High School yearbook page copying?

Discussion in 'Photography' started by Fatfreek, Jun 7, 2007.

  1. Fatfreek

    Fatfreek Guest

    My 50th high school reunion is coming up and it's an opportunity for me to
    get copies of certain yearbook pages of mine that were damaged for one
    reason or another. I'll try to get several other classmates to bring their
    yearbooks as well.

    I will not be toting my page scanner and computer 1800 miles. I will,
    however, have my tripod and my camera, a good point and shoot, Panasonic
    Lumix DMC-FZ7. It has up to a 12X optical zoom. I've read the instructions
    on "Taking Close-Up Pictures".

    I gather that I probably want to set the camera to Aperture priority with
    some high number to have greater depth of field latitude.

    I'm confused as to how close I should have the lens to the page. In wide
    angle zoom I can get as close as 2 inches but by tele zooming I can back
    away from the object up to 6 1/2 feet.

    Any suggestions? Bring some portable lamp? By the way, these pages are all
    black and white.

    Len Miller
    Fatfreek, Jun 7, 2007
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  2. Fatfreek

    Rob Morley Guest

    As the subject is totally flat you can get away with minimal depth of
    field as long as the focus is correct and the subject is parallel to the
    focal plane. The lens probably performs best at a medium aperture
    setting and medium focal length.
    You want to be far enough away that the lighting is even but close
    enough that it's convenient to work. If the tripod has a reversible
    column I'd reverse it, fully extend the tripod and suspend the camera
    underneath it parallel with the table surface, then zoom so a single
    page just fills the frame.
    You need to be careful to avoid uneven lighting and glare - if you can
    do the shooting outside some time around mid-day with an overcast sky
    you won't have to worry about that. If you're working in a window a
    silver reflector on the room side will even up the light.
    If you're going to use artificial light at close range you'll need to
    diffuse it - I'd use a pair of flashguns, one on each side of the
    camera. You could make a bounce/softbox attachment to convert the on-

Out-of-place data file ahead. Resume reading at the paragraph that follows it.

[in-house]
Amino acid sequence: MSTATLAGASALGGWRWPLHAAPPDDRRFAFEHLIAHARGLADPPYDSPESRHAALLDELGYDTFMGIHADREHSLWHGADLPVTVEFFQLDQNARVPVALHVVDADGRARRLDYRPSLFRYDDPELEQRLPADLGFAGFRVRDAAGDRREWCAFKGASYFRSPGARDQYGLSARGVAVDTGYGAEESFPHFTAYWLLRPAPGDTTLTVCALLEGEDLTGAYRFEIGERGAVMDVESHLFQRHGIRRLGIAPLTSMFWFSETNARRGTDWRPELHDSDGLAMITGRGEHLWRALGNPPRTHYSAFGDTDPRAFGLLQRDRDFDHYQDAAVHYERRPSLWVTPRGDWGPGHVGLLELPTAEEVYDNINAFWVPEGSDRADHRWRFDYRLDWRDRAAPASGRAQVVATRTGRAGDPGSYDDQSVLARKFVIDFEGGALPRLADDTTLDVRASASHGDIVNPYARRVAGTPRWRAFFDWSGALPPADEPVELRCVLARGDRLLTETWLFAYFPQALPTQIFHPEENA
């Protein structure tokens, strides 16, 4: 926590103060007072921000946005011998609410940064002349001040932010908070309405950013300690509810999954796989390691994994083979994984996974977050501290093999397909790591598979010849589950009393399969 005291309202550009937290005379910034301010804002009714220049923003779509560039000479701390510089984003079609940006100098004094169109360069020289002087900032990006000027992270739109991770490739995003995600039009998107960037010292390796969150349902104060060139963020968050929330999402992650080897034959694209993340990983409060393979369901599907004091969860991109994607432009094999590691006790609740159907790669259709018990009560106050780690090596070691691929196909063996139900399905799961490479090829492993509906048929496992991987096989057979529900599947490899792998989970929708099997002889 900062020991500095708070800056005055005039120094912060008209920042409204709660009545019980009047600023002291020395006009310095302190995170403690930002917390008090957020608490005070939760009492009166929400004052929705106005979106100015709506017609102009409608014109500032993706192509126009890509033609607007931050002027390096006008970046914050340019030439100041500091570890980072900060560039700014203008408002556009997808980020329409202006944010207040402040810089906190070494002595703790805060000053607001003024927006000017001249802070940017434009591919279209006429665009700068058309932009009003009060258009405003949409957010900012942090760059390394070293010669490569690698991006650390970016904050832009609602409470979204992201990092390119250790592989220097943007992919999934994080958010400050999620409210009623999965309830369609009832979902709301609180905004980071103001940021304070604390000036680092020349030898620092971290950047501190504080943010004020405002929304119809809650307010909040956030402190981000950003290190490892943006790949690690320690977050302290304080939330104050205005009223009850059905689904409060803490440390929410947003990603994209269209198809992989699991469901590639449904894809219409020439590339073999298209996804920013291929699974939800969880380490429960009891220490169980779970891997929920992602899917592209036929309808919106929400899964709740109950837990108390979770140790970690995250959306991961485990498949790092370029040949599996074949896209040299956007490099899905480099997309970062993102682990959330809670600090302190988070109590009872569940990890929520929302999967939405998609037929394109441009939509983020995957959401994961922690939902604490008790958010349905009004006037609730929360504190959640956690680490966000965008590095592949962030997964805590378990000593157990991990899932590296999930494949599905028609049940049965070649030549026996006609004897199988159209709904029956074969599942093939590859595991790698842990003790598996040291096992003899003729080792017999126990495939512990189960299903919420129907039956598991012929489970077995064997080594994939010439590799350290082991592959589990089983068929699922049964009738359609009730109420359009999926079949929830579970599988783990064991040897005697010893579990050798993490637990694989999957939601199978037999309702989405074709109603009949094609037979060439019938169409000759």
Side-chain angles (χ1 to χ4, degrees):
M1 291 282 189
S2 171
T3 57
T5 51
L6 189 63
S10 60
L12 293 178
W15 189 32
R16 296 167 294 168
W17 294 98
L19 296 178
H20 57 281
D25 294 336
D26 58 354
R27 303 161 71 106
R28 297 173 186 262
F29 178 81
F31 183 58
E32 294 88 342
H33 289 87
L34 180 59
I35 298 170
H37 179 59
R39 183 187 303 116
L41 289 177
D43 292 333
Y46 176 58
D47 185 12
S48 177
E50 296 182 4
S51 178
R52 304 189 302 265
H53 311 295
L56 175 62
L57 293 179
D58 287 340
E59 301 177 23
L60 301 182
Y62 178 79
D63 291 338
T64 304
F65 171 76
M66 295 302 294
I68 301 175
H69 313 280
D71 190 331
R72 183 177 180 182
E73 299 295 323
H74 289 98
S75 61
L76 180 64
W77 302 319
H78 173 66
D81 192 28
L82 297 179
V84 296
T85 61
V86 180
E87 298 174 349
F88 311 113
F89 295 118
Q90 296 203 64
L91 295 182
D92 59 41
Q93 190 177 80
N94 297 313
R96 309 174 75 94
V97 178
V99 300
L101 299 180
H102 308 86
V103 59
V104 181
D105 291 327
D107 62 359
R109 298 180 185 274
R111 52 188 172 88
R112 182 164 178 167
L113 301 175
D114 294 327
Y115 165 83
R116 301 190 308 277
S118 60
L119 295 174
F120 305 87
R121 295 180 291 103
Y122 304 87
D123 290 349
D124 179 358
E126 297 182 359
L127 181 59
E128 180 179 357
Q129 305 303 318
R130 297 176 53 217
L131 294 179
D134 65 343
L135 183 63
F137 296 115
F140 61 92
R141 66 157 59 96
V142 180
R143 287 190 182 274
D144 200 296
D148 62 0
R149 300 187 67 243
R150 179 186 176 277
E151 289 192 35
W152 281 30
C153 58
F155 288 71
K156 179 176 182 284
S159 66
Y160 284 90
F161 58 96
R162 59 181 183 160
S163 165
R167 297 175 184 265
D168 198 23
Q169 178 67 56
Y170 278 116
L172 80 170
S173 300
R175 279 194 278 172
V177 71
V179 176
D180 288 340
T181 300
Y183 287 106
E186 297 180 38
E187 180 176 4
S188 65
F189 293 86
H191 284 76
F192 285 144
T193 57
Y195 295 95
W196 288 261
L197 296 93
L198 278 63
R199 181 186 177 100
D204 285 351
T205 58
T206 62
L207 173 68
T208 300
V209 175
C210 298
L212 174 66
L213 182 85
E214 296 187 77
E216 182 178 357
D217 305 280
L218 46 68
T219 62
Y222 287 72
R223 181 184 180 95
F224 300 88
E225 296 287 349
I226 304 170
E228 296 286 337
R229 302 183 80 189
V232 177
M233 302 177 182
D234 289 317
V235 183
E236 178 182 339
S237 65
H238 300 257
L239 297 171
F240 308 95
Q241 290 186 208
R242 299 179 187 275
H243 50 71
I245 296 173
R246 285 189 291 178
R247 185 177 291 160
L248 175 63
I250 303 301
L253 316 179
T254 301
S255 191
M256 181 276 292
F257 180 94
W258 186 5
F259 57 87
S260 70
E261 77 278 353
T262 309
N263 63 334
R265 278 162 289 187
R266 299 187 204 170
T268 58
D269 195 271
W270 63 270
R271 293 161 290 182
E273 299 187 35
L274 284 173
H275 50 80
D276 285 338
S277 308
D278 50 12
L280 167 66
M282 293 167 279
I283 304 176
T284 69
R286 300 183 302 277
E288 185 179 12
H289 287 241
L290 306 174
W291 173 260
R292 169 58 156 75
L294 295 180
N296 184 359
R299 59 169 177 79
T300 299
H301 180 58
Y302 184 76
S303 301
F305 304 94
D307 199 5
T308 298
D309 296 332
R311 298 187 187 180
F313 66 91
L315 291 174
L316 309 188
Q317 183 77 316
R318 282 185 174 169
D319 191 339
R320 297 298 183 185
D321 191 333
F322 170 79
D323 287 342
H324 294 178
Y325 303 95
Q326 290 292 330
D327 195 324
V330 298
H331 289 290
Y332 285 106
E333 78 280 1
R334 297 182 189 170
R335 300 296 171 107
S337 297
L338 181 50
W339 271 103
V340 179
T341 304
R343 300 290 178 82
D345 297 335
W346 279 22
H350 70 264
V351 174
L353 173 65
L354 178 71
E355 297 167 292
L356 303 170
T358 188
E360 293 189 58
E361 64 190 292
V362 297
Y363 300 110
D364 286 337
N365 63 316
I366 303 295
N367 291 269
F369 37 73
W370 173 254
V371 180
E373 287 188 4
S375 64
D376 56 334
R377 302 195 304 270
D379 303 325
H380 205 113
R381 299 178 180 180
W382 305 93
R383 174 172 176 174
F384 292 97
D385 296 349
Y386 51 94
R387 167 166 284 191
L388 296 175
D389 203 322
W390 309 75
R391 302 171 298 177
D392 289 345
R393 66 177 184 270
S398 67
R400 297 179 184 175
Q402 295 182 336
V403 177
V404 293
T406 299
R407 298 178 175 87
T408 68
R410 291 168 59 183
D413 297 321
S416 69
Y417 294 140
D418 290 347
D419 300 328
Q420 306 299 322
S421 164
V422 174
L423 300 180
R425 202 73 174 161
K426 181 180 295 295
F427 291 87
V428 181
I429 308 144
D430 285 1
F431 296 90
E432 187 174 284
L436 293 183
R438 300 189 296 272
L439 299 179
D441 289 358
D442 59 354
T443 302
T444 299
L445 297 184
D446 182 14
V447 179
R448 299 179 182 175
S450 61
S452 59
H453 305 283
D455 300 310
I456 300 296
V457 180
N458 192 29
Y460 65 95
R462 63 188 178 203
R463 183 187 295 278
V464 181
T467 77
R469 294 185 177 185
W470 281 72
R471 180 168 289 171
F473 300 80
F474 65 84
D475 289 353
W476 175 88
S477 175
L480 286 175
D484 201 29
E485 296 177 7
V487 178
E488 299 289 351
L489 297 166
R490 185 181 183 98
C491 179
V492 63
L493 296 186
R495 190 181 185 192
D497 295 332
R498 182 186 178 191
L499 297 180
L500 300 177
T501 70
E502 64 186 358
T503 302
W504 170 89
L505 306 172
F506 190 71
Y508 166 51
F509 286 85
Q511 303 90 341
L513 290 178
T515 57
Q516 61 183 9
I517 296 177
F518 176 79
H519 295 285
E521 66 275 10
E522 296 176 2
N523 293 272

camera flash into a sort of ringflash. If you're in a room with
    parallel striplights on the ceiling just place the table between them.
    Use the lower ISO setting, medium aperture, self-timer or remote shutter
    Rob Morley, Jun 7, 2007
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  3. Fatfreek

    Fatfreek Guest

    Thanks to you suggestion I just "discovered" a 1/4-20 male thread protruding
    from the bottom end of the gear rack rod mount. Beautiful.
    I never thought of window lighting. I suppose I could bring some aluminum
    foil and some cardboard on which to fasten it.

    If the motel has a large atrium, that may be a good area for plenty of even
    Thanks for that wealth of tips, Rob.

    Fatfreek, Jun 7, 2007
  4. Fatfreek

    Pat Guest

    You might want to use a "soft light" source like this.
    Pat, Jun 7, 2007
  5. Fatfreek

    Alan Browne Guest

    Not too high. About 2 - 3 stops closed from wide open.
    1) As much as possible shoot at the distance and focal length (zoom)
    that gives you the least distortion. You can determine this with some
    graph paper or a brick wall.

    2) Avoid shooting wide open. Try to shoot 2 - 3 stops closed from wide
    open. (For sharpness and DOF). As your camera has a slowest aperture
    of f/8 and fastest of f/2.8 ... f/5.6 to f/8.

    3) Use an easel for the pages and a tripod for the camera.

    4) Two off camera lights striking the paper at about 45° from each side.
    Lights should be several multiples of the page size away to ensure
    even lighting. More or less level with the lens. Use flash if
    possible, or two reasonably bright tungsten lamps. Set white balance to
    5500K for flash, or 3800K for tungsten. (a couple 100W would be
    sufficient; a couple 200W would be my choice).

    If only one light, then near the camera lens axis as long as the paper
    is not shiny or behind glass.

    5) Have means to clamp down the paper flat. This could include glass
    (see lighting above)

    6) Shoot with the "film" plane parallel to the paper.

    Have fun.
    Alan Browne, Jun 9, 2007
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